I’ve admired Canadian poet, essayist, Greek and Latin scholar, and librettist, Anne Carson for a long time now. I think I first heard about her as a professor of classics at McGill University who was writing amazing stuff, starting with . . .
Richard Sennett draws on ethnography, history, and social theory to develop his ideas about how we make sense of our environment—the cities we live in and the work that engages us. As Jenny Turner wrote in the Guardian, “for . . .
Zadie Smith started writing White Teeth while she was a student at Cambridge, and the novel was published when she was only twenty-four years old. A big, vibrant story of cross-cultural, cross-generational, modern London, White Teeth won three first . . .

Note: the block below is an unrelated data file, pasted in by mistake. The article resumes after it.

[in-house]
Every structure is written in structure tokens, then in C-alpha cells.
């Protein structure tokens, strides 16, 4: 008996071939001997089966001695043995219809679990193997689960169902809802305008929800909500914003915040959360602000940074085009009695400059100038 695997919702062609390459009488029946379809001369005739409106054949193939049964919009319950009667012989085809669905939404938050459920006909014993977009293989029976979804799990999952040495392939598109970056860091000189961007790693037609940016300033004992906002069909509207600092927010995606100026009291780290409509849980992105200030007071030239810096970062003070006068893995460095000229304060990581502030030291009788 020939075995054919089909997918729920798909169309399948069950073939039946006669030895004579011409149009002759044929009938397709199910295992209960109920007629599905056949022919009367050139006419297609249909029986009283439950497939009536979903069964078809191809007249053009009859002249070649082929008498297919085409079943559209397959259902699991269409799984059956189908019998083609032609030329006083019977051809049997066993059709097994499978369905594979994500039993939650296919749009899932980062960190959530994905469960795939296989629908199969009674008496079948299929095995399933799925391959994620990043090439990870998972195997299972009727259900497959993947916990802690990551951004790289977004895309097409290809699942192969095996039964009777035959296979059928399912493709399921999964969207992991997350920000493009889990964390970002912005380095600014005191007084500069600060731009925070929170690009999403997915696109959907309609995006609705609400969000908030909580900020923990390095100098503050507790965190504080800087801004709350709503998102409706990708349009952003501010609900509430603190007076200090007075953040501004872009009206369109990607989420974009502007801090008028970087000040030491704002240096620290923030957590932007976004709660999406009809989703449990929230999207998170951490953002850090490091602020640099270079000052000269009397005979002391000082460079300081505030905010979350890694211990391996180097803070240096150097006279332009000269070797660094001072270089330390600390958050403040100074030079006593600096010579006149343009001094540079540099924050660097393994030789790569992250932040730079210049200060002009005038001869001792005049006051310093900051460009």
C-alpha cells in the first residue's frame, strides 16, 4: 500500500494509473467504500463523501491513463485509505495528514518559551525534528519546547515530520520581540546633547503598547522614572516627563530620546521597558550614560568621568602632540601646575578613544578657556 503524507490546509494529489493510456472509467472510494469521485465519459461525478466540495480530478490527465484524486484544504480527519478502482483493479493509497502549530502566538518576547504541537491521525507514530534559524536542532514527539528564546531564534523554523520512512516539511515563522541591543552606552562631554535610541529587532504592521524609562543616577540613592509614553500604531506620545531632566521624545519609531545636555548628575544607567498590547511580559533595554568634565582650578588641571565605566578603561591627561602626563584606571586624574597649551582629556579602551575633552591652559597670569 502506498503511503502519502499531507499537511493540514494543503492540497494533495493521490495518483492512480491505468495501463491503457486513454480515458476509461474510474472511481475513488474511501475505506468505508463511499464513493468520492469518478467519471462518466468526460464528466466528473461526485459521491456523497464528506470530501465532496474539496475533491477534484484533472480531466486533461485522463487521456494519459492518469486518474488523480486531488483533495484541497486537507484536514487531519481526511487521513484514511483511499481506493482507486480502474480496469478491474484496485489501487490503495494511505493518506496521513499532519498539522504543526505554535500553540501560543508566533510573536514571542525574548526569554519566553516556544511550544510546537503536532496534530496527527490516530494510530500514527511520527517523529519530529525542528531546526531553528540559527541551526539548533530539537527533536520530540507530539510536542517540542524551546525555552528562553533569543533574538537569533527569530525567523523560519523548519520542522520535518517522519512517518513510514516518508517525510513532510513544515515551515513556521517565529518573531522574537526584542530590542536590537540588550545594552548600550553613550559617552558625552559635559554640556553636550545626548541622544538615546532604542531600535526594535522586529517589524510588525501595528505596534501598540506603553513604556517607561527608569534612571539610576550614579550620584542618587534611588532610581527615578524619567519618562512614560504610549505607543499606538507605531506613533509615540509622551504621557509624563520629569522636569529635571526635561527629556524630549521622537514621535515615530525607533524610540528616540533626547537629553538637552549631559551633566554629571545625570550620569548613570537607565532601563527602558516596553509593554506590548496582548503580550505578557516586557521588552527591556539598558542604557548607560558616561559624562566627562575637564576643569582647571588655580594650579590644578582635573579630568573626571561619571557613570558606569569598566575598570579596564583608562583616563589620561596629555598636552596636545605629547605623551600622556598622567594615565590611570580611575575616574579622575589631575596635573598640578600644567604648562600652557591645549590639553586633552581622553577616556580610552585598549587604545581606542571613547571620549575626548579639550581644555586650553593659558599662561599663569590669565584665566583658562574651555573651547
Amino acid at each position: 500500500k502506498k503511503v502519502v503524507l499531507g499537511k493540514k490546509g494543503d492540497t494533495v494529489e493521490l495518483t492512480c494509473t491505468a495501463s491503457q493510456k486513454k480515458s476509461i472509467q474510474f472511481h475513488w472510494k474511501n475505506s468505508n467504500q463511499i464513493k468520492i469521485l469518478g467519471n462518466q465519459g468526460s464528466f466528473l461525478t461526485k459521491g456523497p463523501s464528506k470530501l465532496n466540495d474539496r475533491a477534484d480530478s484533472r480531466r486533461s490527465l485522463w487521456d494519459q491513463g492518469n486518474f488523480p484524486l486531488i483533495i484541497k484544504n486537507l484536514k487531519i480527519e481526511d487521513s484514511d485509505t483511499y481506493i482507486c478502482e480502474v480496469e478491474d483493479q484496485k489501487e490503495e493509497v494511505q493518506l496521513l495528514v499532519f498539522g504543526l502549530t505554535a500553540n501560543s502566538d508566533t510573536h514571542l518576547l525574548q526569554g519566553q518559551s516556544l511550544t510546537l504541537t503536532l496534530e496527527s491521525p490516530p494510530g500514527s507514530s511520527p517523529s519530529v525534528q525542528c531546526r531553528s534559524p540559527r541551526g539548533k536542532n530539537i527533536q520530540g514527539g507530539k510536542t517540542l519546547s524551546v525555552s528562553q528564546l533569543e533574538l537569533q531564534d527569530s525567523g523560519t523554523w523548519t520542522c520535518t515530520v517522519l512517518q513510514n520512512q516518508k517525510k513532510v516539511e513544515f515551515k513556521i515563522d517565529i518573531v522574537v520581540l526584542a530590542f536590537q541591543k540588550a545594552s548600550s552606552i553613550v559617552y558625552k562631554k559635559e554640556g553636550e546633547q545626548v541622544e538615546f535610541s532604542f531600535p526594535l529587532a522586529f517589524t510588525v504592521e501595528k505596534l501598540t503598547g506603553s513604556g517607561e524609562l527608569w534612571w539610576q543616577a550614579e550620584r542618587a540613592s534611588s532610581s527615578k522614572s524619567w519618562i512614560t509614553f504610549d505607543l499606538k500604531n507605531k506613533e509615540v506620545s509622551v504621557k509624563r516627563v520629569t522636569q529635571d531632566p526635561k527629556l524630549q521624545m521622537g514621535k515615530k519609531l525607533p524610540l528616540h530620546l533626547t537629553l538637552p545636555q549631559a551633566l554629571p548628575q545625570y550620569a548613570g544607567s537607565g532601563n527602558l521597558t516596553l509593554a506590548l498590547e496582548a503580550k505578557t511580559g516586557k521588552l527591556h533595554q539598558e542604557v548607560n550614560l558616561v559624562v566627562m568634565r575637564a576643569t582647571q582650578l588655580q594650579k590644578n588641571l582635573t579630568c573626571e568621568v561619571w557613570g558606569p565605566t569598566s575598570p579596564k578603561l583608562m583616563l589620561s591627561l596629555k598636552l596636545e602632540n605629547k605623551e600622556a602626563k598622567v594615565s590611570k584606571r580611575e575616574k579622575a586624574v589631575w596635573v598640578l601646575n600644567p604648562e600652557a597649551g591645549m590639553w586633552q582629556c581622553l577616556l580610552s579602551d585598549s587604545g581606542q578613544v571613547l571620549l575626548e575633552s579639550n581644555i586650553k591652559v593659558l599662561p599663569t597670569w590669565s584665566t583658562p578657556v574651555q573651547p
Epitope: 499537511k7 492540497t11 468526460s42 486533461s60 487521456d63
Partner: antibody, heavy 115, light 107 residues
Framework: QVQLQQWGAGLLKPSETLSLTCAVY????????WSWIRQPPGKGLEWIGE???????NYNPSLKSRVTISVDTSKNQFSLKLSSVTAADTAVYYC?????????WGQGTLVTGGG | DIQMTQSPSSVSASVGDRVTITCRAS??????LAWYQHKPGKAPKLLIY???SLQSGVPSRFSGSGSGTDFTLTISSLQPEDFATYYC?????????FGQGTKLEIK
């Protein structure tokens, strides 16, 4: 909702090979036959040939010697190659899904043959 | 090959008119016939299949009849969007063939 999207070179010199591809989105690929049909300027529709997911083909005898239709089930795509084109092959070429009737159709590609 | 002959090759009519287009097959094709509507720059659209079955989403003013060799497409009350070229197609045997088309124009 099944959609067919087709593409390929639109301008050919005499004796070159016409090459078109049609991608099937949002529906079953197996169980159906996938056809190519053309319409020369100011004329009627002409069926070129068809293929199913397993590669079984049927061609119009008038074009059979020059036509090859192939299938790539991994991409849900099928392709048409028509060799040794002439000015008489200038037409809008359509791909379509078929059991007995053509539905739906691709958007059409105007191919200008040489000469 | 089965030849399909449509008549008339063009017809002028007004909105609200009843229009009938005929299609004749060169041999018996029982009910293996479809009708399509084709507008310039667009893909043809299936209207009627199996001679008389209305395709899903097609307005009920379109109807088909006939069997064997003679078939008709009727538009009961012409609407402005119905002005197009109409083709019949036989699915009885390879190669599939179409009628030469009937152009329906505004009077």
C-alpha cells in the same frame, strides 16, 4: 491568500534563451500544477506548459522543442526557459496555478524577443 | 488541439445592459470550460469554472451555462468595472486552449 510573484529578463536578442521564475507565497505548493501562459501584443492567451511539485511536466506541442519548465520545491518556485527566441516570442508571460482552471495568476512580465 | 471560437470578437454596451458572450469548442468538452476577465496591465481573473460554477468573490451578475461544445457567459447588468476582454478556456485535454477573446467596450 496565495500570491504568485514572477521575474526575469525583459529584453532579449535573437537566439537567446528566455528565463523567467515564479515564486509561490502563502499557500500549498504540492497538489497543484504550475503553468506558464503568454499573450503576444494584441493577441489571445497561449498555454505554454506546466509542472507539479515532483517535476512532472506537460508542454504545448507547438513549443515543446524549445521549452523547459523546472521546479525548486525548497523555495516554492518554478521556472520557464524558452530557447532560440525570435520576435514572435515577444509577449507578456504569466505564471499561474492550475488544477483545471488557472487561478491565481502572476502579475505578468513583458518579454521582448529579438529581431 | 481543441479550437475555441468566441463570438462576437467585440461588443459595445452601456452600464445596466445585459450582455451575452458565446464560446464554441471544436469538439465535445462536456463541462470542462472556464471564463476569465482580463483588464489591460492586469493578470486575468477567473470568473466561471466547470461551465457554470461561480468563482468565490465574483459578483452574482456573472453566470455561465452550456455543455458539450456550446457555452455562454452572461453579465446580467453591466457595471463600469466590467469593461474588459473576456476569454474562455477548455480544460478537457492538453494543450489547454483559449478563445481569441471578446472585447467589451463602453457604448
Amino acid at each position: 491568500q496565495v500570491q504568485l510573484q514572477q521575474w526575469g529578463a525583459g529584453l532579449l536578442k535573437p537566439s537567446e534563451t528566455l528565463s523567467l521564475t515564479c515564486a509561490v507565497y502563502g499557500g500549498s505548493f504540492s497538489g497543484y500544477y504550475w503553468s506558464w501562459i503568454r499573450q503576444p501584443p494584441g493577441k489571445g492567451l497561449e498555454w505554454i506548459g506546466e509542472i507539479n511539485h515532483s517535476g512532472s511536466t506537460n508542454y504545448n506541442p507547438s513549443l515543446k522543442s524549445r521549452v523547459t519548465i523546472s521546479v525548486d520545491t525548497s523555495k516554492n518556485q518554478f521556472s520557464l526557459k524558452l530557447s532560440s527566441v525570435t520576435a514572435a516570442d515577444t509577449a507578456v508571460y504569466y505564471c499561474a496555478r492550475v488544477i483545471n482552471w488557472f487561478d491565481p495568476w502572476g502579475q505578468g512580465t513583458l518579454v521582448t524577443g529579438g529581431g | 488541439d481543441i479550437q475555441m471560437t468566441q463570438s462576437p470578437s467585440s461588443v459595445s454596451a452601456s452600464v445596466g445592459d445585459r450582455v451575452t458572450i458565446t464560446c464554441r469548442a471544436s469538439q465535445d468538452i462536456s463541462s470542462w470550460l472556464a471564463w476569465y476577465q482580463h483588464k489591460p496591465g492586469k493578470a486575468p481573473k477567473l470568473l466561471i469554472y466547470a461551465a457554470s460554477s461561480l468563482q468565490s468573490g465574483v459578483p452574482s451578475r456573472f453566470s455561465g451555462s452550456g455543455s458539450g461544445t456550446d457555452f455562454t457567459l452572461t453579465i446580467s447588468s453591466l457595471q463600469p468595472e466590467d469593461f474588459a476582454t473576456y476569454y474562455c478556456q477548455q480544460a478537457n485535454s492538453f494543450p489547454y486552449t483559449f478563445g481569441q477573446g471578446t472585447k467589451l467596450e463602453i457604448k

From her mysterious “found” stories to new versions of Proust and Flaubert, the American writer and translator Lydia Davis is surprising and memorable. I find it hard to describe exactly what Lydia Davis’s writing is like. Some of her shorter . . .
Jane Jacobs is variously known as the guru of cities, an urban legend—“part analyst, part activist, part prophet.” In the more than forty years since the publication of her groundbreaking book The Death and Life of Great American Cities (1961), . . .